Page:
The KLIK collaboration with Metal Complex this month is showcasing a unique blank bezel snap.  The snaps are just one part of a major product launch this fall of the matching components.  You can see them all in the online catalog.
If you had the entire line to choose from this is what your wall would look like.
Resin Crafts blog readers are submitting their one of a kind designs.  I am featuring each KLIK submission here and on Facebook.
 It truly is an inspiring collaboration!
These are the components I used to create today’s final photo.
More KLIK projects are being posted all week!
About the KLIK Collaboration
Over 50 artists were the first to receive the new Snap Bezel designed by Metal Complex.
They received either the small or large bezel to work in.
These “blank” snap bezels “klik” into place when combined with the other jewelry-making components in the new KLIK collection.  You can see the entire line in the catalog on the Metal Complex website linked here.
The full introduction to the collaboration is posted here.

KLIK Collaboration – Artist Submissions Group Six

Reposted from Resin Crafts Blog 
Artist:  Alma Negrete
When I opened my envelope from Alma I knew I had a gorgeous submission.  Then I read her note. “As a tater, I wanted to include my own lace making into it.”  Full stop.  The teeny tiny butterflies are tatted!  The blue tatted butterfly is covered in resin, but it is only partially submerged.  I can’t imagine the time it took to make these tiny lace items.  The image is also gorgeous with the glittered edge work.  I am certain needlework artisans everywhere are going to be happy to see this mini work of art.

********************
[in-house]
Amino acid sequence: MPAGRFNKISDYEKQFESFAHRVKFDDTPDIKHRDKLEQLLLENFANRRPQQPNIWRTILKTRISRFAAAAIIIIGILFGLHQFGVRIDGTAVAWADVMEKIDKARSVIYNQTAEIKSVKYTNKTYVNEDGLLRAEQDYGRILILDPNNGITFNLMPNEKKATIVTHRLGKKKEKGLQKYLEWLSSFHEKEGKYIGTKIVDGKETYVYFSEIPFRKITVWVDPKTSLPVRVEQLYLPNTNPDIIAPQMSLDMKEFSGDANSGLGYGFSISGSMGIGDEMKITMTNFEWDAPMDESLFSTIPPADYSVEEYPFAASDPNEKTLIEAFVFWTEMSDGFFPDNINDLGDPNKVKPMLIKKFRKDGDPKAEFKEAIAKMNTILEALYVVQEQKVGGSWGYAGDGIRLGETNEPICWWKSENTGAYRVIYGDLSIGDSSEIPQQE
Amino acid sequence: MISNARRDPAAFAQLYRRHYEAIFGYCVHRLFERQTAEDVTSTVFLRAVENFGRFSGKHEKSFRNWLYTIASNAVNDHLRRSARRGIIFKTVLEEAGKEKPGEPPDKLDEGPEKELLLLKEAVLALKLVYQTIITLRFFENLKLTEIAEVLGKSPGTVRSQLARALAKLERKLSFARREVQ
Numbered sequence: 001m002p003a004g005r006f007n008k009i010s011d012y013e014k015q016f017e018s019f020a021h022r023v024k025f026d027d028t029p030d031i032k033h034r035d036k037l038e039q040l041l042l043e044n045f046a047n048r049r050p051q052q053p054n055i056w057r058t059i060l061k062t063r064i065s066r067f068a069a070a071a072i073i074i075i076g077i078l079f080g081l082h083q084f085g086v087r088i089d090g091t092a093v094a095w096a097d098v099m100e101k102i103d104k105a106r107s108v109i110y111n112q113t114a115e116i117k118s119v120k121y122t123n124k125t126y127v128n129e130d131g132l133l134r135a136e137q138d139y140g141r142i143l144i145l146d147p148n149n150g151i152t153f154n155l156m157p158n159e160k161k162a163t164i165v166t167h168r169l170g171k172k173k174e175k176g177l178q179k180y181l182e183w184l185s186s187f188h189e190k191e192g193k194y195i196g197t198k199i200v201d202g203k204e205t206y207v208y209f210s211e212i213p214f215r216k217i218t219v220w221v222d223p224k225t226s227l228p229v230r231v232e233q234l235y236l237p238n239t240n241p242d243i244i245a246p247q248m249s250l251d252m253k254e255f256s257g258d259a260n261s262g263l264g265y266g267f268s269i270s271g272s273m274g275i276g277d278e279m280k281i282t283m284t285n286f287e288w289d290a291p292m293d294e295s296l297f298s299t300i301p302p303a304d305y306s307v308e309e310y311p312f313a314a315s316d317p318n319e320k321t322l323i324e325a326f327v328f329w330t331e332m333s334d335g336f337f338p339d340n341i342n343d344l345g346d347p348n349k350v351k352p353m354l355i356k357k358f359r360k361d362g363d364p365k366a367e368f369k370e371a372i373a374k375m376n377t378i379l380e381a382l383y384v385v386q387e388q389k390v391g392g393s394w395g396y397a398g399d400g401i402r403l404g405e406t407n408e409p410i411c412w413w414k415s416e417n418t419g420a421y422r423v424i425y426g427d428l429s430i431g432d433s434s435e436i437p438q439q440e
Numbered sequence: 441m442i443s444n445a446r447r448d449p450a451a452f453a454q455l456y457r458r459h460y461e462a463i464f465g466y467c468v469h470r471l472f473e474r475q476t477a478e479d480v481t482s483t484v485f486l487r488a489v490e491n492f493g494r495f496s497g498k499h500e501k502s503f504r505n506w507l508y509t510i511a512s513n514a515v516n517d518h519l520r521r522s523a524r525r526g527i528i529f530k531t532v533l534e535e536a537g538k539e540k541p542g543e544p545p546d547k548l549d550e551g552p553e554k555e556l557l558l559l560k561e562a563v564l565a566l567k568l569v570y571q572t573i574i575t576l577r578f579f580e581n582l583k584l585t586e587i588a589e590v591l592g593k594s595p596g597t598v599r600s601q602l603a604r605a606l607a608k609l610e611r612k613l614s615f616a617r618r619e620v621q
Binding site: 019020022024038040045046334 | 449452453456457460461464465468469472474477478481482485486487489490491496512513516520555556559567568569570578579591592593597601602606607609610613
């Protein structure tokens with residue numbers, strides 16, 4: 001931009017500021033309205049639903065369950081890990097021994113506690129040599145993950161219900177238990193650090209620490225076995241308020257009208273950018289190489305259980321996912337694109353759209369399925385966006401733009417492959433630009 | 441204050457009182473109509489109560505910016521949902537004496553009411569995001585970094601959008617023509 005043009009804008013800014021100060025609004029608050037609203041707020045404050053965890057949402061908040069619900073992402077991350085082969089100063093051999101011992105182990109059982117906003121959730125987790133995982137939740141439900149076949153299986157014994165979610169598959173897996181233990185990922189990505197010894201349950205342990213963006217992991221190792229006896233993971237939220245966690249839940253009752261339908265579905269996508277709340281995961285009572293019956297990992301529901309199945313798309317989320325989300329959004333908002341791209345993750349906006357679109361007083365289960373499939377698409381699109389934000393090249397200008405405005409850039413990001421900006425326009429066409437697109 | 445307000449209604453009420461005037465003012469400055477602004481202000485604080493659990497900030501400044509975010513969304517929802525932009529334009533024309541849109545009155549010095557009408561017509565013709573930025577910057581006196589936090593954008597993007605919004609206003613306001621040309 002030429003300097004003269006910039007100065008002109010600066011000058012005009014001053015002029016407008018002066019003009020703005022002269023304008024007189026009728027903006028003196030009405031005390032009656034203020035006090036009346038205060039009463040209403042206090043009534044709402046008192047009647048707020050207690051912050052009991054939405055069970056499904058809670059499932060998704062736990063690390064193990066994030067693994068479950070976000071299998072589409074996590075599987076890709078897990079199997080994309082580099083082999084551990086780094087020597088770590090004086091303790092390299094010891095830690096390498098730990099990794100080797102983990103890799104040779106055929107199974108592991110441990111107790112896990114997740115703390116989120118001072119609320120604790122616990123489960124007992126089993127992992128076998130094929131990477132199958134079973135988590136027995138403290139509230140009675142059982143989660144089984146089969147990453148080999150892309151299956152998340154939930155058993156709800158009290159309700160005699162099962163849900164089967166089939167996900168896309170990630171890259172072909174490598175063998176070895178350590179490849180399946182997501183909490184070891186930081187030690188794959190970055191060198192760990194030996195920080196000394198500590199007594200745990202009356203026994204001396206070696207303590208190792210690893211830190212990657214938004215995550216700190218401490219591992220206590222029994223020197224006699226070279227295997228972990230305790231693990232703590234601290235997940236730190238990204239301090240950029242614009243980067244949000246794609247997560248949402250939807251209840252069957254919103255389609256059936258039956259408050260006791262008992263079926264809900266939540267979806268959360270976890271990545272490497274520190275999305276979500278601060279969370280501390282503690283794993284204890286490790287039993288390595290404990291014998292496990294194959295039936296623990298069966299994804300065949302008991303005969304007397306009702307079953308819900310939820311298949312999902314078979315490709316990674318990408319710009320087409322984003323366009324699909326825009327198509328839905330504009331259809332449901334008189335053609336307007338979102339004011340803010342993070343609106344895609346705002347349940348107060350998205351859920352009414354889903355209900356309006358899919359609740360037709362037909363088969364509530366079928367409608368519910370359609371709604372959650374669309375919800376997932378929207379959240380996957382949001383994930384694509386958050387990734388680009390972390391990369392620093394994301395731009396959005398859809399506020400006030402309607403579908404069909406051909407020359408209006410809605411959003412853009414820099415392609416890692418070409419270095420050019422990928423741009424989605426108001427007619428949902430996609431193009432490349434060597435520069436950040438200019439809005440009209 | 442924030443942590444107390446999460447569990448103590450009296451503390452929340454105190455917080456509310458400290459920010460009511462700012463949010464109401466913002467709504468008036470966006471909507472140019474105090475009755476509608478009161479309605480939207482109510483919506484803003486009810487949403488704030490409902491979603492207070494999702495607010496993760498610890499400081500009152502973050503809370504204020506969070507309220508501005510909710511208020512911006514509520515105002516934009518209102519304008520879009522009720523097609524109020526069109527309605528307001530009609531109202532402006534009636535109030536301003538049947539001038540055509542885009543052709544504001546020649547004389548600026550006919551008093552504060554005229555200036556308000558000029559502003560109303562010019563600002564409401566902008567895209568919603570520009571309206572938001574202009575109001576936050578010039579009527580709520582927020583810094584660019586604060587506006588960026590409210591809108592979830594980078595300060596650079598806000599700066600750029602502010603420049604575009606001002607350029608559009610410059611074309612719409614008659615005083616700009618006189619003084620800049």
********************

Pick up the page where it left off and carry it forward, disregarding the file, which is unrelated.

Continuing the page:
Artist:  Kim Koester
Kim is from Arizona and I couldn’t help but think about their recent flooding when I saw the anchor shape on her submission.  These crystals are embedded on top of the resin, so that you can still feel them. This is a wonderful technique and if you time your resin cure, you can push your crystal into place at a point where they will still stand up but remain on top of the pour. The wavy blue and beige background does indeed look like water.
Artist:  Kerry Hof